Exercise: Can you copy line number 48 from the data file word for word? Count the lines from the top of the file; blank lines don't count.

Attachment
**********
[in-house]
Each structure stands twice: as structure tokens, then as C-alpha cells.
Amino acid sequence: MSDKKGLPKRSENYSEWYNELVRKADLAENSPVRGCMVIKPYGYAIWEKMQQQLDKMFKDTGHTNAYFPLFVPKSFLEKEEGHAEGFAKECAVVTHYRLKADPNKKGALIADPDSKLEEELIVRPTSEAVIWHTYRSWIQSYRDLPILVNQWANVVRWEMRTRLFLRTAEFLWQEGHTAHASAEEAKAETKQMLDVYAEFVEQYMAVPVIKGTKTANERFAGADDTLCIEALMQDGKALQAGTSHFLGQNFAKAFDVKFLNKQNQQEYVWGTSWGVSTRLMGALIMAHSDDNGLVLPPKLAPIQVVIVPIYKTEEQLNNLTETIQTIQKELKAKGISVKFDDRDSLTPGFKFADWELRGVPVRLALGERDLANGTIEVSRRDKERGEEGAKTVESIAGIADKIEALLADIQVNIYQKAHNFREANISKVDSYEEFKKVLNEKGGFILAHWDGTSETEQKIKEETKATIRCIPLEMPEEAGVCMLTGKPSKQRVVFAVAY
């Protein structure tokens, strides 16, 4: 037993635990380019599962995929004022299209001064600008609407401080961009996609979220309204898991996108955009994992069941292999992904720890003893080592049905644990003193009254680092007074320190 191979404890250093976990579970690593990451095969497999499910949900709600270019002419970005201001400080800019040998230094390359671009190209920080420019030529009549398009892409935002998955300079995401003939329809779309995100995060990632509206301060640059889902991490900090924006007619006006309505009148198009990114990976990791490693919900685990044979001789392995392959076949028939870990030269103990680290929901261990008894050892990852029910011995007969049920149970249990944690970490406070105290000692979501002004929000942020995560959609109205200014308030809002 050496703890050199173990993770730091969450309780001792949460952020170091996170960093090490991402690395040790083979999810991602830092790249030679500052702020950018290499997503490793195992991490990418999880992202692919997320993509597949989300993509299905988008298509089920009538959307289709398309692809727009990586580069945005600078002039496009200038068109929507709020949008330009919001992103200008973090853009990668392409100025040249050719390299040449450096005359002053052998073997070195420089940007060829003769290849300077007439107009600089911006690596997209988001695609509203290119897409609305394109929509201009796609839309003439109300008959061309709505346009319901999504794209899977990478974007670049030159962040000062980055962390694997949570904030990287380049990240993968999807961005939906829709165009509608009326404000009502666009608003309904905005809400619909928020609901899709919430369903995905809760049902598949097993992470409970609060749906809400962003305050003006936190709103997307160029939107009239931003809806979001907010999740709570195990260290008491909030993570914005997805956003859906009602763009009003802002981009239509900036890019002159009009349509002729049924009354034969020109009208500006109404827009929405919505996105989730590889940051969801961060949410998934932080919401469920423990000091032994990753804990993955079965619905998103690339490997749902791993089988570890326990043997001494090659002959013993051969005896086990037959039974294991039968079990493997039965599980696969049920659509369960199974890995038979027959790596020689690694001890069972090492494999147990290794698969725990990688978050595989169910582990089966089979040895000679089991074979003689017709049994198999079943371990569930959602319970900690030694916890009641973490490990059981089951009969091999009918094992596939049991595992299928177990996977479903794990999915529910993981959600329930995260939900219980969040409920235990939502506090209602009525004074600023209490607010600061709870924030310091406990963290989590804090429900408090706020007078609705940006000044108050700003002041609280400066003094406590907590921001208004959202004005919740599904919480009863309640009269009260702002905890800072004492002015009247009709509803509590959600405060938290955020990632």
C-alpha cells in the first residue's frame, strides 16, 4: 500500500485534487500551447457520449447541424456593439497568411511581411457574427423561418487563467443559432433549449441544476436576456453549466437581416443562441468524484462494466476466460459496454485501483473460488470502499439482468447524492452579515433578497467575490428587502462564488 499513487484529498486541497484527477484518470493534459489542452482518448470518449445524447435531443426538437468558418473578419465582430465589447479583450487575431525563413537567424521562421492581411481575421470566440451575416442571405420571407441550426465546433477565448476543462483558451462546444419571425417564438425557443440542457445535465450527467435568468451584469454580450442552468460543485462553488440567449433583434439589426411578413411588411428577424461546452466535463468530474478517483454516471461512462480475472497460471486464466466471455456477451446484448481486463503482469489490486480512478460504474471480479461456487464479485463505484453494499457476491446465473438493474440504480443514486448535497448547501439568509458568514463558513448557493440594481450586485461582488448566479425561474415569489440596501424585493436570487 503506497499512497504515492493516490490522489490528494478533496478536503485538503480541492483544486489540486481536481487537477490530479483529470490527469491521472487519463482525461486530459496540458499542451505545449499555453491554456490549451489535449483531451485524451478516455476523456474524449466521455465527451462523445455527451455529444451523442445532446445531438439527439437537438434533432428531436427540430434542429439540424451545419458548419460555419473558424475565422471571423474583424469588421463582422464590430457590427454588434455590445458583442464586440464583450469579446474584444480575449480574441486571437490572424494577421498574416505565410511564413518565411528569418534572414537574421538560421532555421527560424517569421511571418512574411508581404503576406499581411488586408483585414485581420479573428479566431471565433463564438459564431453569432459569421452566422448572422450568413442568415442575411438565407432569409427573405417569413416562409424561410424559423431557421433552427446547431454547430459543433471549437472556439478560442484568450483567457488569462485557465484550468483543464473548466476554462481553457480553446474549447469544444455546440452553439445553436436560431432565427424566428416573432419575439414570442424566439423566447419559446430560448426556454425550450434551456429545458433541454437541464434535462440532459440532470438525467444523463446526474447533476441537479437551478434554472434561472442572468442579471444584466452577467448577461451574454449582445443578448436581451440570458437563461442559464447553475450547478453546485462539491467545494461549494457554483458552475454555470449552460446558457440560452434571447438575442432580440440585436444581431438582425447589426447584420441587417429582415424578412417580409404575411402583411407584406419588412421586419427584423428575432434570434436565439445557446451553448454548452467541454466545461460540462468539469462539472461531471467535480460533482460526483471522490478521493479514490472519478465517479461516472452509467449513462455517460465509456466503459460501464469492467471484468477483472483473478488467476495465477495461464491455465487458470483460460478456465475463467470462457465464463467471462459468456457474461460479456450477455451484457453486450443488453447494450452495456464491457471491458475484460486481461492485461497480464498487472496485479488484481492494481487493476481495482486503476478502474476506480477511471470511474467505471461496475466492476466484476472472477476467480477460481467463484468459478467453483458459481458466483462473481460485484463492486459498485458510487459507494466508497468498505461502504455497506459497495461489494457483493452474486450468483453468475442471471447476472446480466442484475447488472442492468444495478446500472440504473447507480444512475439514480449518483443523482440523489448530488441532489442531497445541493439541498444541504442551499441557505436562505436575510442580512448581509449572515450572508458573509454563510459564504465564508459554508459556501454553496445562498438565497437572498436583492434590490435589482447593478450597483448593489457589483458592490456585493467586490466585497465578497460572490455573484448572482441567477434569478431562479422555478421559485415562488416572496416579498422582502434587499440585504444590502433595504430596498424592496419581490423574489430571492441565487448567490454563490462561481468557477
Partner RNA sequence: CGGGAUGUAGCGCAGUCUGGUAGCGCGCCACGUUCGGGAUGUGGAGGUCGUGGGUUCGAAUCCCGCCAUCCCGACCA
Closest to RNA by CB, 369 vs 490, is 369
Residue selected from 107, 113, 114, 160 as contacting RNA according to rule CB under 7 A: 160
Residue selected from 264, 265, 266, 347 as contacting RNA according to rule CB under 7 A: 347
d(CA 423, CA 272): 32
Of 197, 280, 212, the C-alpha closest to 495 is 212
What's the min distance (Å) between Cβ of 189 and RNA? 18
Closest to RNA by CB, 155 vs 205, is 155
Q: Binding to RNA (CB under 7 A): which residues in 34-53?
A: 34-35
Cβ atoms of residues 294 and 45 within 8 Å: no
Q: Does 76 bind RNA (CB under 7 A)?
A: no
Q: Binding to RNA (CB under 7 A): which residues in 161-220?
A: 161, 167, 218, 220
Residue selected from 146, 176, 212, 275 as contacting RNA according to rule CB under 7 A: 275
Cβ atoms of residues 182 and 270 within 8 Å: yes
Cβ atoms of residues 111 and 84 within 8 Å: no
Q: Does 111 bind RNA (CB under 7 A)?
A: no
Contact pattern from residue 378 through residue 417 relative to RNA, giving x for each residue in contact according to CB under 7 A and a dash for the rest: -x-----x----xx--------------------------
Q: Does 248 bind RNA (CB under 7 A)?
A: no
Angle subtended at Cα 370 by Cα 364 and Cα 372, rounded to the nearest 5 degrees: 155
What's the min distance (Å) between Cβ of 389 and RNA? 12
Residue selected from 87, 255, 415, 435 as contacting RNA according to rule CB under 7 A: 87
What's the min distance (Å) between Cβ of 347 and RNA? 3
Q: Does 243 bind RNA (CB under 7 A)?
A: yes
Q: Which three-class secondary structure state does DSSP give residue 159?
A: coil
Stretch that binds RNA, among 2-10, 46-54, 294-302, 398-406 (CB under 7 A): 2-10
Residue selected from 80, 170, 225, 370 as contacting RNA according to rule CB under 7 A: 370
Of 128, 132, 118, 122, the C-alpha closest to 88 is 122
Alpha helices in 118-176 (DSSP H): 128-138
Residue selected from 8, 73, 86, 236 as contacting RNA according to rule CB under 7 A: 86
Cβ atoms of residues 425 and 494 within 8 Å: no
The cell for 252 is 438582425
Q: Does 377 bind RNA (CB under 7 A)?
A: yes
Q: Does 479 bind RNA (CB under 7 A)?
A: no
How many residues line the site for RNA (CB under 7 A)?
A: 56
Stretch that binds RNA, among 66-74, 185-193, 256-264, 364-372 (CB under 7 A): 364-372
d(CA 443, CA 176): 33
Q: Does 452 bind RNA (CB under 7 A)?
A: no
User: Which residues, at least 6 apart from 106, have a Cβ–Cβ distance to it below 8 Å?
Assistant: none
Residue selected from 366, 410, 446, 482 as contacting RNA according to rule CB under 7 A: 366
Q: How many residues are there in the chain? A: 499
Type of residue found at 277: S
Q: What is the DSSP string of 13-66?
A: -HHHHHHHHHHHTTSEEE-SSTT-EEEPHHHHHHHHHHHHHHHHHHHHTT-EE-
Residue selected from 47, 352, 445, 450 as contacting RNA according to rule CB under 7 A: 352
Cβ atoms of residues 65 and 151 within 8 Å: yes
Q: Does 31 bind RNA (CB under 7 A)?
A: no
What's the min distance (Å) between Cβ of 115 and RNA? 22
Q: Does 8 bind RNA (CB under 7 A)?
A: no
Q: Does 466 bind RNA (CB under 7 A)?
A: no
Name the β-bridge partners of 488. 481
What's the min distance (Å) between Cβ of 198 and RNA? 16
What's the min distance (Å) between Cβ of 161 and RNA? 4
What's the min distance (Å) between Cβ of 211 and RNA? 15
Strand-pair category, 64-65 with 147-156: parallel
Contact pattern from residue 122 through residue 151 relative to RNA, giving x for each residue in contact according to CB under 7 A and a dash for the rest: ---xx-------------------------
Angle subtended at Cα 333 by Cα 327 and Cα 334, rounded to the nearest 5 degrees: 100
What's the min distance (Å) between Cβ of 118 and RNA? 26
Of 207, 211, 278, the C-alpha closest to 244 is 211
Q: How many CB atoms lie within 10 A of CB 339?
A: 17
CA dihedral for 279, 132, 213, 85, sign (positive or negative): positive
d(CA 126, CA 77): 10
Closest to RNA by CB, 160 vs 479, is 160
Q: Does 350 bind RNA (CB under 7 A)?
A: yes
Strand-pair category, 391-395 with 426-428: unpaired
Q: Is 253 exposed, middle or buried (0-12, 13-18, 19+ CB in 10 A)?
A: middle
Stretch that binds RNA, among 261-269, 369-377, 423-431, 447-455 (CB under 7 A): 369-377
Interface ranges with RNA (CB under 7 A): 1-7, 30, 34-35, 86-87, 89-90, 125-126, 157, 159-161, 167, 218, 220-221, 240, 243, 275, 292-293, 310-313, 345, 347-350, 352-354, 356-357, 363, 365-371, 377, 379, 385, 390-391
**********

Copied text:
How many residues line the site for RNA (CB under 7 A)?